Last week, a new Research, Knowledge and Information Community (RKIC) was launched during ACU SARIMA Conference 2015 held in Johannesburg. The community is part of the Association of Commonwealth Universities’ (ACU) series of new special interest groups, and will connect university staff who support but don’t directly engage in the research process, such as libraries/ information and research management/administration.
The RKIC is the second of the ACU’s member communities, which includes the ACUEngage Community for university staff involved in community engagement and outreach. Another community, the ACU Internationalisation Community, will launch in June 2015 for university staff involved in areas such as student/staff mobility, international campuses, and internationalisation of curricula/research. The communities are free to join for staff and students from the ACU’s over 500 member universities.
Speaking at the conference under the theme of Research and Innovation for Global Challenges, ACU Director of External Engagement, Joyce Achampong, said the new communities will enable university colleagues to engage with one another on the basis of shared professional interests.
“This issues-based approach, addressing key institutional challenges, aims to provide platforms to showcase good practice and actions to help members grow their activities in a variety of interconnected areas, better reflecting the university of today,” said Ms Achampong.
WUN Executive Director John Hearn, who is a member of the community’s steering committee, said it will be a valuable resource for knowledge transfer and exchange.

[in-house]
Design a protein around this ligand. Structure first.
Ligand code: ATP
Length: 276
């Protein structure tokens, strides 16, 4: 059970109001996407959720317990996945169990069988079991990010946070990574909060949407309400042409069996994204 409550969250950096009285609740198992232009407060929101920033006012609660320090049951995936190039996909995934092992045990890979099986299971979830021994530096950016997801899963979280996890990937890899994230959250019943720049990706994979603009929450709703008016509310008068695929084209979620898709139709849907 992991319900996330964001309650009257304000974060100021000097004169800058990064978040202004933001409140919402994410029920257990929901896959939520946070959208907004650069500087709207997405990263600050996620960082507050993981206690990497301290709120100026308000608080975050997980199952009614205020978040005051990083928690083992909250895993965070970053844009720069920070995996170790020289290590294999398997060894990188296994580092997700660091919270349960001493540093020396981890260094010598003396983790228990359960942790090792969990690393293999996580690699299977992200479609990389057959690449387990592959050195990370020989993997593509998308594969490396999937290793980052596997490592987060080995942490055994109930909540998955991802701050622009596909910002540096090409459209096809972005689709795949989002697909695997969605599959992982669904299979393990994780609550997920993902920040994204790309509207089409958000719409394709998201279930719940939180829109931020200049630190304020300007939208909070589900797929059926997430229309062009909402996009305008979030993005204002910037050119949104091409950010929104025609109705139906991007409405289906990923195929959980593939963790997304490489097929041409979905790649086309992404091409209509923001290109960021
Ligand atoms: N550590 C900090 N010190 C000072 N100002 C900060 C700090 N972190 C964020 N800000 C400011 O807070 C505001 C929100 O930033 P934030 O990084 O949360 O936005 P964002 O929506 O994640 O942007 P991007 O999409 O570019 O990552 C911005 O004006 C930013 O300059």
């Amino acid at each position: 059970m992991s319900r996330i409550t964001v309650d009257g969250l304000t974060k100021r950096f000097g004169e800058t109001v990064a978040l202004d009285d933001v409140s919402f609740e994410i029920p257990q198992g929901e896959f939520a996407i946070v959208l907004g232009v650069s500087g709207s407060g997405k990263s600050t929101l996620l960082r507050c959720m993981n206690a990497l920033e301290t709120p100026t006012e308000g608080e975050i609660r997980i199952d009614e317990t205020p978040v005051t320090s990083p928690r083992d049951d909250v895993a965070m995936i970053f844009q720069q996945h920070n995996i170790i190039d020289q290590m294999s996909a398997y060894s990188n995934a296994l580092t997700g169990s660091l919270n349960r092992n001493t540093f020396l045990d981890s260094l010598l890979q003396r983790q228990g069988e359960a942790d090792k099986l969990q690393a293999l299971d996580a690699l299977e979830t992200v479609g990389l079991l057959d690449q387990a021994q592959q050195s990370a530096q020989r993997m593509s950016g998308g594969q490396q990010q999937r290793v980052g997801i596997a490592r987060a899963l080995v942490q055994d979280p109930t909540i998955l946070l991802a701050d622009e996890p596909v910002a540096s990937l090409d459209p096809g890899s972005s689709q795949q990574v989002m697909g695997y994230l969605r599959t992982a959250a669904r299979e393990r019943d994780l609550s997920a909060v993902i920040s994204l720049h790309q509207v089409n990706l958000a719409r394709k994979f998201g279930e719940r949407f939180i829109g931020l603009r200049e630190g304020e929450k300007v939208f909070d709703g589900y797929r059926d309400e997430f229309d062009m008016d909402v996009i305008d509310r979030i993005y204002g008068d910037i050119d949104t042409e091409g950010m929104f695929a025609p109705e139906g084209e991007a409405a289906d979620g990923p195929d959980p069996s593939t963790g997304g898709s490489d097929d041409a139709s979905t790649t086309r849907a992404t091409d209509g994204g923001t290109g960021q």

“Having the opportunity to speak with each other, to share what works and what doesn’t and put creative thinking to the community, is vital in this globalised world—not just with partners we have but also those who aren’t already there, who you can meet,” said Professor Hearn. “When you think of the challenges in some developing countries and developed countries, they are just the same in different contexts. We need to stretch our imaginations and be part of that.”
The primary platform for the community is its website, which features news and blogs, as well as forums where users can seek advice and connect with others working in similar areas. The community also has its own magazine titled Realising Research, which features articles and reports on industry developments.
The community’s steering committee will meet virtually four times a year to brainstorm issues, ask questions and pose ideas. Ms Achampong said the community will also work with external partners in order to maximise its impact.
“We will also work with organisations like the Association of African Universities and the Worldwide Universities Network to get the information out there. That’s how we will keep the community alive,” said Ms Achampong.
A version of this article was originally published by University World News.